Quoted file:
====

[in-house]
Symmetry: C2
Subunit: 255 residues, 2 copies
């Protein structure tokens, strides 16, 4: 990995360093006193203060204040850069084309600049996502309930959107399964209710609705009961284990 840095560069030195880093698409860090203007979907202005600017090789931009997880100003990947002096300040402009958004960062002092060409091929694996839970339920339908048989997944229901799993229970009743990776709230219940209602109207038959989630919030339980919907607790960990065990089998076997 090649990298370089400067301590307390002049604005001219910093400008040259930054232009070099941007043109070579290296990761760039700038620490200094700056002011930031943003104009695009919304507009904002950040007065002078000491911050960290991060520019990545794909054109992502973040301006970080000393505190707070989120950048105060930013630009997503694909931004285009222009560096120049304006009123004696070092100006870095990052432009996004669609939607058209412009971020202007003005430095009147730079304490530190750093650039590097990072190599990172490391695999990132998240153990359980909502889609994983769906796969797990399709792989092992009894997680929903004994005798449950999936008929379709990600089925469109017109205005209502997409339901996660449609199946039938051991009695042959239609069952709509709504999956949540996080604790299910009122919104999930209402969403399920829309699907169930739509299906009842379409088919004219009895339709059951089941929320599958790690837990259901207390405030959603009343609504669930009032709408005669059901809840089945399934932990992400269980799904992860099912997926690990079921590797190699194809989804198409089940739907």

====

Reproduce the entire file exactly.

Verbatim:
[in-house]
Symmetry: C2
Subunit: 255 residues, 2 copies
């Protein structure tokens, strides 16, 4: 990995360093006193203060204040850069084309600049996502309930959107399964209710609705009961284990 840095560069030195880093698409860090203007979907202005600017090789931009997880100003990947002096300040402009958004960062002092060409091929694996839970339920339908048989997944229901799993229970009743990776709230219940209602109207038959989630919030339980919907607790960990065990089998076997 090649990298370089400067301590307390002049604005001219910093400008040259930054232009070099941007043109070579290296990761760039700038620490200094700056002011930031943003104009695009919304507009904002950040007065002078000491911050960290991060520019990545794909054109992502973040301006970080000393505190707070989120950048105060930013630009997503694909931004285009222009560096120049304006009123004696070092100006870095990052432009996004669609939607058209412009971020202007003005430095009147730079304490530190750093650039590097990072190599990172490391695999990132998240153990359980909502889609994983769906796969797990399709792989092992009894997680929903004994005798449950999936008929379709990600089925469109017109205005209502997409339901996660449609199946039938051991009695042959239609069952709509709504999956949540996080604790299910009122919104999930209402969403399920829309699907169930739509299906009842379409088919004219009895339709059951089941929320599958790690837990259901207390405030959603009343609504669930009032709408005669059901809840089945399934932990992400269980799904992860099912997926690990079921590797190699194809989804198409089940739907």